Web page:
Friday, July 3rd.--We arrived here, Sarmento, to-day, [94/95] a little after 1 p.m. We are now forty-five miles from 'Mpanda's. Yesterday's walk was very trying; there was no water for nearly twelve miles; the soil was loose, sandy, and for every step forward we seemed to slide two back. Late in the afternoon we reached a shelter built of grass, where we decided on spending the night. We found a young fellow from 'Mpanda's there, suffering from the effects of fever; he seemed still to be rather light-beaded. His friend had followed a honey-bird into the bush, and came back noon after with the honey in a sort of palm-leaf basket. During the night the lions came down to drink at the swampy pool in front of the shelter, and they made a terrific noise. It seemed very strange to be so near all these wild creatures, with not even the slenderest door or mat to shut them out of our hut. In the morning the spoor of an elephant was seen. I wish we could have Been him and the lions--from a distance.
To-day's walk was uneventful. The path crossed a green park-like country, with good-sized trees dotted about, and clumps of palm trees. We saw an immense quantity of game, antelopes, and buffaloes. The natives became much excited; they flung down their loads and rushed after the buffaloes with their assegais. They killed one, and then followed us into Sarmento with huge lumps of gory flesh bound on their loads, and covered with blood.
Sarmento is beautifully situated on a sort of plateau terrace, with the river dashing over rocks below, and woods all round. But the village is dirty beyond belief.
July 7th.--In the woods, rain pouring, and great trouble with our carriers. At the first halt, a few hours from Sarmento, they refused to go any further. The 'Inkoos,' or chief, a very picturesque person, with his wool plaited into at least a hundred little tails, went off and hid in the woods. Towards evening he returned, and asked for blankets for all his men, pointing to ours as if inclined to take them. Dr. Glanville sent him away, and he and his [95/96] men retired in great ill-humour. The next morning the Inkoos and men came and deposited their money at our feet, but after long persuasion were induced to take it up again and go on with us.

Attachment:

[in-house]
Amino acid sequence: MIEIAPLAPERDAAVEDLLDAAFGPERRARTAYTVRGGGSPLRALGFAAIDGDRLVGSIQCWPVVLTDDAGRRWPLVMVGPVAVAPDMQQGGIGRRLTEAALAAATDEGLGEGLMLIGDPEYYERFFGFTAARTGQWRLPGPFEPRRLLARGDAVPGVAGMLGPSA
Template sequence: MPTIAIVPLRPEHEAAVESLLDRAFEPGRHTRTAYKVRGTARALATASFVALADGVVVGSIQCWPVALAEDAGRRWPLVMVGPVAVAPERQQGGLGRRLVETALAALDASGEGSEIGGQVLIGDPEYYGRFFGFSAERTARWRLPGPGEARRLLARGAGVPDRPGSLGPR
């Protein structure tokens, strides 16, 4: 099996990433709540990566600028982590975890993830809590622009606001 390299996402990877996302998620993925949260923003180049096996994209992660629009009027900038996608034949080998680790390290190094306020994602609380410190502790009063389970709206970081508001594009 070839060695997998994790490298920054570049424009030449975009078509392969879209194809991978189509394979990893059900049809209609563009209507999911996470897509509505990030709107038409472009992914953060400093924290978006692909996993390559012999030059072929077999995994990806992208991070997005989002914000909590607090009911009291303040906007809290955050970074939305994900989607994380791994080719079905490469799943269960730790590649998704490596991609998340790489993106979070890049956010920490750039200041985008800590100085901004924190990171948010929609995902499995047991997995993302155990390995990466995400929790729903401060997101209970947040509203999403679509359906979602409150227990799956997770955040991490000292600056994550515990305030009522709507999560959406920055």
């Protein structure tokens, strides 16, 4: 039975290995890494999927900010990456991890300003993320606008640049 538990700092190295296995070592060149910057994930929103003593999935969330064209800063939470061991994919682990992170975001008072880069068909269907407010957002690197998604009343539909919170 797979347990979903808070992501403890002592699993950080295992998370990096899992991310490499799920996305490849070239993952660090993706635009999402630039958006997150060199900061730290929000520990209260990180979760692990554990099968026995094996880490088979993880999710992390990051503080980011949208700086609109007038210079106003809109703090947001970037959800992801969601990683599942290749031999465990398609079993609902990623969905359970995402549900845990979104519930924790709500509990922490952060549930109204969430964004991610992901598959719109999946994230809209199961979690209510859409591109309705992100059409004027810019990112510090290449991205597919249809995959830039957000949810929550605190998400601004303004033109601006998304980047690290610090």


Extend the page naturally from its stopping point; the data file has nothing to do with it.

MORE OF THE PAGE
July 10th.--Shemoios. Arrived here an hour or two ago. Stopped to breakfast at Mandigo's, a deserted Portuguese camp. Natives poured in from neighbouring kraals. The women made us presents of meal. Wherever we go the natives display great curiosity about us, watching us whilst we eat, and often following us to some distance. They used to declare at 'Mpanda's that the white women never eat, because their waists left no room for food to go down. At Mandigo's we met a native with letters, and found one for us from the Bishop, who supposes us to be at 'Mpanda's.
All round here is very, very pretty.
July 19th.--Massi-Kessi. Here we are after quite an adventure. All our boys, except four Portuguese natives, fled in the night at Shemoios! It was wet and dismal, and at first we were almost in despair; but, after a short discussion, we three decided on pushing on with Dr. Glanville and three natives. We took only a change of things with us, the smallest possible amount of food, and we left most of our blankets behind. Our few men went splendidly, and we got over the ground very well indeed. A few miles beyond Shemoios we came upon a troop of zebra, who did not allow our presence to disturb them very much. Last night we encamped outside Massi-Kessi. One of my boots was almost torn in two by the stump of a tree.
We have sent on a runner to the Bishop to tell him of our approach, and mean to encamp a few miles beyond this place.
July 14th.--At last--Umtali! Yesterday was a day of misfortune, for on leaving Massi-Kessi we found that the boys had lost their way, and were not even sure of the direction of Umtali. When we halted they went to [96/97] explore the neighbourhood; but we must have gone far out of our way, for we walked rapidly since 6.30 a.m., halting only once for half an hour, and we did not reach this place till 5 p.m. We climbed bare slippery hillsides; the heat was intense, and we could find no water till late in the afternoon. We had nothing to eat, the provisions having come to an end the day before. However, we had a small quantity of bovril, which we drank when we found a stream. We almost despaired of reaching Umtali, and it was with a feeling of intense relief that we suddenly saw the police flag afar off. The Bishop met us at a river below his camp; he had only got our letter an hour or two before we arrived. He gave us up his hut, and made us as comfortable as possible. I feel very ill, and fear I have got the fever.